- The European Union (EU) is a unique economic and political union between 27 European countries.
- The United Kingdom, which had been a founding member of the EU, left the organization in 2020.
- The EU was created by the Maastricht Treaty, which entered into force in 1993. The treaty was designed to enhance European political and economic integration by creating a single currency (the euro), a unified foreign and security policy, and common citizenship rights and by advancing cooperation in the areas of immigration, asylum, and judicial affairs.
- Additionally, the Treaty of Lisbon, enacted in 2009, gave the EU more broad powers that included being authorized to sign international treaties, increase border patrol, and other security and enforcement provisions.
- EU’s headquarters is currently located in Brussels, Belgium.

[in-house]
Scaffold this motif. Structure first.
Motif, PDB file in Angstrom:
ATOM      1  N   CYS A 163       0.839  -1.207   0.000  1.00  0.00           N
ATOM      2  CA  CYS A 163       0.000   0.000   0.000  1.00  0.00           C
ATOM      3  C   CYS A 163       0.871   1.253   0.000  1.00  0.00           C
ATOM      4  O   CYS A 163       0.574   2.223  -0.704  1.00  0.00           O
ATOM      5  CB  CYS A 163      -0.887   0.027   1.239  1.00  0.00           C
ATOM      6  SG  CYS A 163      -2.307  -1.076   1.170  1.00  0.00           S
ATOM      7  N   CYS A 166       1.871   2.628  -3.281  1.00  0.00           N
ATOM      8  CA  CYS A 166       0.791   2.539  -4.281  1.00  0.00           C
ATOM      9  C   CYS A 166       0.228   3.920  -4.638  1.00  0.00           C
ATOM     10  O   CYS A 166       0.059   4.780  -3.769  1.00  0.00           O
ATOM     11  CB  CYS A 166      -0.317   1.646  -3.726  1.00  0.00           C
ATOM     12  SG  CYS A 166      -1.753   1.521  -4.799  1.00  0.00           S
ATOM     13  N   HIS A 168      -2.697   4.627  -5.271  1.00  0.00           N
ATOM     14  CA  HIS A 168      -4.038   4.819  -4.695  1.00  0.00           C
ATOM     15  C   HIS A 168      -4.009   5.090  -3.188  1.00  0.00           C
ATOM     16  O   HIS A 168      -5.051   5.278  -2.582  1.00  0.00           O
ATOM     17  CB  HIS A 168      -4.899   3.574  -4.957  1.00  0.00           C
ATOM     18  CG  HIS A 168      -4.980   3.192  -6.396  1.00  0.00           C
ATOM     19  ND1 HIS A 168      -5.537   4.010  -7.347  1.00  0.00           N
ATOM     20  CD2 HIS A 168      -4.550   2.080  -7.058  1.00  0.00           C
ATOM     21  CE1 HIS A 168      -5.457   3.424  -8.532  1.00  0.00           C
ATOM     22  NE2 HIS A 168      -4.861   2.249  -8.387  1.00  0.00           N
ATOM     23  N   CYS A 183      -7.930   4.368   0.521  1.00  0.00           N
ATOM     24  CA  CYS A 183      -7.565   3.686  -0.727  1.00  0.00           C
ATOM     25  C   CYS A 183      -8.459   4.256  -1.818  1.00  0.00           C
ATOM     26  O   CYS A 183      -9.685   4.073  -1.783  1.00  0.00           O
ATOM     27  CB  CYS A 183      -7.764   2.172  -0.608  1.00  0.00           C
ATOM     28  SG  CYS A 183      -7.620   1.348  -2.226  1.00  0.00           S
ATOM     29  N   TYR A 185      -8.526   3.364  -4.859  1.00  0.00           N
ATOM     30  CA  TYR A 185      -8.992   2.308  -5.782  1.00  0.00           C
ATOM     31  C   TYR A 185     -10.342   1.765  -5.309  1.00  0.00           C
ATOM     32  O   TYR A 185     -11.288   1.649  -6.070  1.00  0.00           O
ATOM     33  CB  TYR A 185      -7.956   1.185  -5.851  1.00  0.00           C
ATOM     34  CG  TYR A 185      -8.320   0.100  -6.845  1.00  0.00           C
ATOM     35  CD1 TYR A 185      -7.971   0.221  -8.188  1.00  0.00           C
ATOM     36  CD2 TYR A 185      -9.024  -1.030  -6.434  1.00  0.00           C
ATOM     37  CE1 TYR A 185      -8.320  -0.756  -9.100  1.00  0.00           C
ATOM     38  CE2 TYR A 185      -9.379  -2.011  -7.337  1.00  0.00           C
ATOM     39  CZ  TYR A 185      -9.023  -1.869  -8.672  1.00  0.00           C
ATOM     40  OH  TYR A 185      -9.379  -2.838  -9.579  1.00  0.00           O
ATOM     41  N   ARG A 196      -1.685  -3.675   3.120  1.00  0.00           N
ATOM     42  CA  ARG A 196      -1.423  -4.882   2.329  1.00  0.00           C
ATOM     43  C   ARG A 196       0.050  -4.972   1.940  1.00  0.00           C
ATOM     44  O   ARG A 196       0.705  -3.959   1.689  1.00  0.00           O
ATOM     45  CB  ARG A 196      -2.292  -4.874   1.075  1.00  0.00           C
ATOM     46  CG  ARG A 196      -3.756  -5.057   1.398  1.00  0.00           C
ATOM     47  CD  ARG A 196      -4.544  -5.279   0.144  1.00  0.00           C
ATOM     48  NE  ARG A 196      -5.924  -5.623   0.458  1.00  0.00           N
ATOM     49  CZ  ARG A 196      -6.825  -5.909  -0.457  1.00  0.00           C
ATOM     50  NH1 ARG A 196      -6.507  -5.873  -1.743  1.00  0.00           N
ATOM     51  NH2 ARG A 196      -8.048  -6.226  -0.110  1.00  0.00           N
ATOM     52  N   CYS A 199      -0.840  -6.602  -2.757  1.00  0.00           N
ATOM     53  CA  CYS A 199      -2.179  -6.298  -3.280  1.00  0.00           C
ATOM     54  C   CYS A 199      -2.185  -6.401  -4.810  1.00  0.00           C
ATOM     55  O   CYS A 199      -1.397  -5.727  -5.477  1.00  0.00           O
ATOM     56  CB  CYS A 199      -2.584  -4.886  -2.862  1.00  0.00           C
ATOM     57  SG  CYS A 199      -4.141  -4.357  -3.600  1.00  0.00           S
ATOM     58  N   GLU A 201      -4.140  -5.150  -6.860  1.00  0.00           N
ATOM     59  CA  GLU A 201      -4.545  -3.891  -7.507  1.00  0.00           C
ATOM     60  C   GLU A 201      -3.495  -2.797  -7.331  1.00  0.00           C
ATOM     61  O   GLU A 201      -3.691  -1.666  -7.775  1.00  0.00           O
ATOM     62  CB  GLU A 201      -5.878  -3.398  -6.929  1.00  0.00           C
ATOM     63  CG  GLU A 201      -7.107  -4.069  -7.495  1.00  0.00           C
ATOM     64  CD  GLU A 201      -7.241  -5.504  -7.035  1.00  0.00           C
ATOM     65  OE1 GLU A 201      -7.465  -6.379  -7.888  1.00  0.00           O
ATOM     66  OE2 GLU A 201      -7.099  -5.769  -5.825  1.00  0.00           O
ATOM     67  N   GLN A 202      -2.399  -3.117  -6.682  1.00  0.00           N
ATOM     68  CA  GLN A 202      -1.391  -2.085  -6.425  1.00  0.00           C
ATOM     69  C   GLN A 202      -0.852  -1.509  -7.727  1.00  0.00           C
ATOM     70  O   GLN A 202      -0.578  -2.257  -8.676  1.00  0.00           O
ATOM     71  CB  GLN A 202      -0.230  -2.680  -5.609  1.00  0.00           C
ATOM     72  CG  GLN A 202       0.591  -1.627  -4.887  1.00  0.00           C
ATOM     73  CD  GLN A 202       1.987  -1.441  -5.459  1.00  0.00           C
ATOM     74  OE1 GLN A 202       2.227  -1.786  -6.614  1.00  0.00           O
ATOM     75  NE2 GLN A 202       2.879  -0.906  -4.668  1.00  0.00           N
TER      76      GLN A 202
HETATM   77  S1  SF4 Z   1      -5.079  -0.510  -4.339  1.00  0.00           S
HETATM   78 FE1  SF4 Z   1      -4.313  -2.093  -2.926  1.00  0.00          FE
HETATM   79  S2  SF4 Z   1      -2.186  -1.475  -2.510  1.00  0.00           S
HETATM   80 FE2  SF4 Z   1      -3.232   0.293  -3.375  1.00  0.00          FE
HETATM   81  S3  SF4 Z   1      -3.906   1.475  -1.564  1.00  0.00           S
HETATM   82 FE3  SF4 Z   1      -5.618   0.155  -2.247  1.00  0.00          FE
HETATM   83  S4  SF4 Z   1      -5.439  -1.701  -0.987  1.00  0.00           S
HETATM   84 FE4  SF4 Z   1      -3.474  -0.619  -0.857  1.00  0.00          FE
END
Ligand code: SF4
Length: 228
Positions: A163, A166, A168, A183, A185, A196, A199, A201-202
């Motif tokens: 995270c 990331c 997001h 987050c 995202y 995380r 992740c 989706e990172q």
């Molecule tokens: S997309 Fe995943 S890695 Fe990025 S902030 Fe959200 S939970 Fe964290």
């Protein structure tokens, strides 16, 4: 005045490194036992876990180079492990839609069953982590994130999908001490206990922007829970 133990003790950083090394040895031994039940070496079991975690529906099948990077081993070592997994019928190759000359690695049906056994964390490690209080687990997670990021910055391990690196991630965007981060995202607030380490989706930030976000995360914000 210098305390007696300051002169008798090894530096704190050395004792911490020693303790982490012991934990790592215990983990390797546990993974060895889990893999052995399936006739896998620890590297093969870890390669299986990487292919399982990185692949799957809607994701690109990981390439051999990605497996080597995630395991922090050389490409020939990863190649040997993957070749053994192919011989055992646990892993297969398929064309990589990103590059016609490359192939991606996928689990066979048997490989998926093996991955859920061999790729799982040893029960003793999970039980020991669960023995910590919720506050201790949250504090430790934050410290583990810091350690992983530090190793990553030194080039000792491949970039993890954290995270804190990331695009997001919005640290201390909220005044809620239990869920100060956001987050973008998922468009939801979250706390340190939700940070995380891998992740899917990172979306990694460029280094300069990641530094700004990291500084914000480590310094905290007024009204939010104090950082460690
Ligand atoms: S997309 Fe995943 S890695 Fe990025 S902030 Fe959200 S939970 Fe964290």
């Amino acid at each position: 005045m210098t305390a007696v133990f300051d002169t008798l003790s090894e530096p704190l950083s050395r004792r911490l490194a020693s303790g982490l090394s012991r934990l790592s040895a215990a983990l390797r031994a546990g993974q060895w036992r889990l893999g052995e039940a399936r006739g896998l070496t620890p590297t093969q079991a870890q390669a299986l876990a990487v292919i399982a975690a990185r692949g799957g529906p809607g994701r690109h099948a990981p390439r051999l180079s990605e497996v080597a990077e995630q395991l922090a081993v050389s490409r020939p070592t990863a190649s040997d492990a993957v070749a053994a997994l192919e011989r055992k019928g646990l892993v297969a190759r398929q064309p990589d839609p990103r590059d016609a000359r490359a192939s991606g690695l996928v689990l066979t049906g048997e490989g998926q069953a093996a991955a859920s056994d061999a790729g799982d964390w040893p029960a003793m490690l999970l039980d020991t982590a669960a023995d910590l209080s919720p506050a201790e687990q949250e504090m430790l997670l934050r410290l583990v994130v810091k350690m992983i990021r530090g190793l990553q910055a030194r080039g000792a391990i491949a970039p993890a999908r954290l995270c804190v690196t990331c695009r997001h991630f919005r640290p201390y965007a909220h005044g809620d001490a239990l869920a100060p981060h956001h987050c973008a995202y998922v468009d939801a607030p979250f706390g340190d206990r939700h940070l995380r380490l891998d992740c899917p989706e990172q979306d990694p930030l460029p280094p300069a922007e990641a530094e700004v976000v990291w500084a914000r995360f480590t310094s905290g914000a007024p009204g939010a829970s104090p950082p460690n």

- All European Union Member States coordinate their economic policy-making to support the economic aims of the EU.
- However, a number of Member States have taken a step further by replacing their national currencies with the single currency – the euro. These Member States form the eurozone, officially known as the euro area.
- The eurozone consists of 20 countries in the European Union.
Why in News?
- Eurozone business activity shrank much more than expected in July as demand in the bloc’s dominant services industry declined while factory output fell at the fastest pace since COVID-19 first took hold.
- The decline was broad-based with the euro zone’s two biggest economies–Germany and France–both in contractionary territory and will likely add to fears the bloc will slip back into recession.
- A recession is a significant, widespread, and prolonged downturn in economic activity.
- There is no single definition of recession. A common rule of thumb is that two consecutive quarters of negative gross domestic product (GDP) growth mean recession.